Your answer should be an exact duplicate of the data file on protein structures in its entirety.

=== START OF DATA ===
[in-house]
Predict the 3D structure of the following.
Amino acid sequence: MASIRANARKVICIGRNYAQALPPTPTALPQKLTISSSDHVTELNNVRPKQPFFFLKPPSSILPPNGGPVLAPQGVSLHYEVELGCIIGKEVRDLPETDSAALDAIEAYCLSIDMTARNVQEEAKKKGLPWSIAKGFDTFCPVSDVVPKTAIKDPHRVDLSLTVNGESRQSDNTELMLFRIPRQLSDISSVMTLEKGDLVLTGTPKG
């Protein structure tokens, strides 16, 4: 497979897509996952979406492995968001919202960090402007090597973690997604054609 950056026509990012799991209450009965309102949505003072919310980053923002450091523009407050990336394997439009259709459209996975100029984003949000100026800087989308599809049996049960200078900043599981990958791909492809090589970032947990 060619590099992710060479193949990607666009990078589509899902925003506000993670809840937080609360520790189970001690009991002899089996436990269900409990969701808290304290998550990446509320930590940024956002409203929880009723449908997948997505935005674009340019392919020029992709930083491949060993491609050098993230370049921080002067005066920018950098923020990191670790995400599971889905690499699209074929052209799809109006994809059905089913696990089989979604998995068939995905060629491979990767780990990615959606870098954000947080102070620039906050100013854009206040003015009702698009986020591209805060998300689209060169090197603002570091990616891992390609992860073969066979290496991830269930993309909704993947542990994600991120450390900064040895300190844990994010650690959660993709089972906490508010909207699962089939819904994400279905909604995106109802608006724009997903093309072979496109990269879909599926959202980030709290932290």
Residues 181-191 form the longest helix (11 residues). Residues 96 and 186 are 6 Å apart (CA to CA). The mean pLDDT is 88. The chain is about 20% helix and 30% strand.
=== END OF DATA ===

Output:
[in-house]
Predict the 3D structure of the following.
Amino acid sequence: MASIRANARKVICIGRNYAQALPPTPTALPQKLTISSSDHVTELNNVRPKQPFFFLKPPSSILPPNGGPVLAPQGVSLHYEVELGCIIGKEVRDLPETDSAALDAIEAYCLSIDMTARNVQEEAKKKGLPWSIAKGFDTFCPVSDVVPKTAIKDPHRVDLSLTVNGESRQSDNTELMLFRIPRQLSDISSVMTLEKGDLVLTGTPKG
């Protein structure tokens, strides 16, 4: 497979897509996952979406492995968001919202960090402007090597973690997604054609 950056026509990012799991209450009965309102949505003072919310980053923002450091523009407050990336394997439009259709459209996975100029984003949000100026800087989308599809049996049960200078900043599981990958791909492809090589970032947990 060619590099992710060479193949990607666009990078589509899902925003506000993670809840937080609360520790189970001690009991002899089996436990269900409990969701808290304290998550990446509320930590940024956002409203929880009723449908997948997505935005674009340019392919020029992709930083491949060993491609050098993230370049921080002067005066920018950098923020990191670790995400599971889905690499699209074929052209799809109006994809059905089913696990089989979604998995068939995905060629491979990767780990990615959606870098954000947080102070620039906050100013854009206040003015009702698009986020591209805060998300689209060169090197603002570091990616891992390609992860073969066979290496991830269930993309909704993947542990994600991120450390900064040895300190844990994010650690959660993709089972906490508010909207699962089939819904994400279905909604995106109802608006724009997903093309072979496109990269879909599926959202980030709290932290």
Residues 181-191 form the longest helix (11 residues). Residues 96 and 186 are 6 Å apart (CA to CA). The mean pLDDT is 88. The chain is about 20% helix and 30% strand.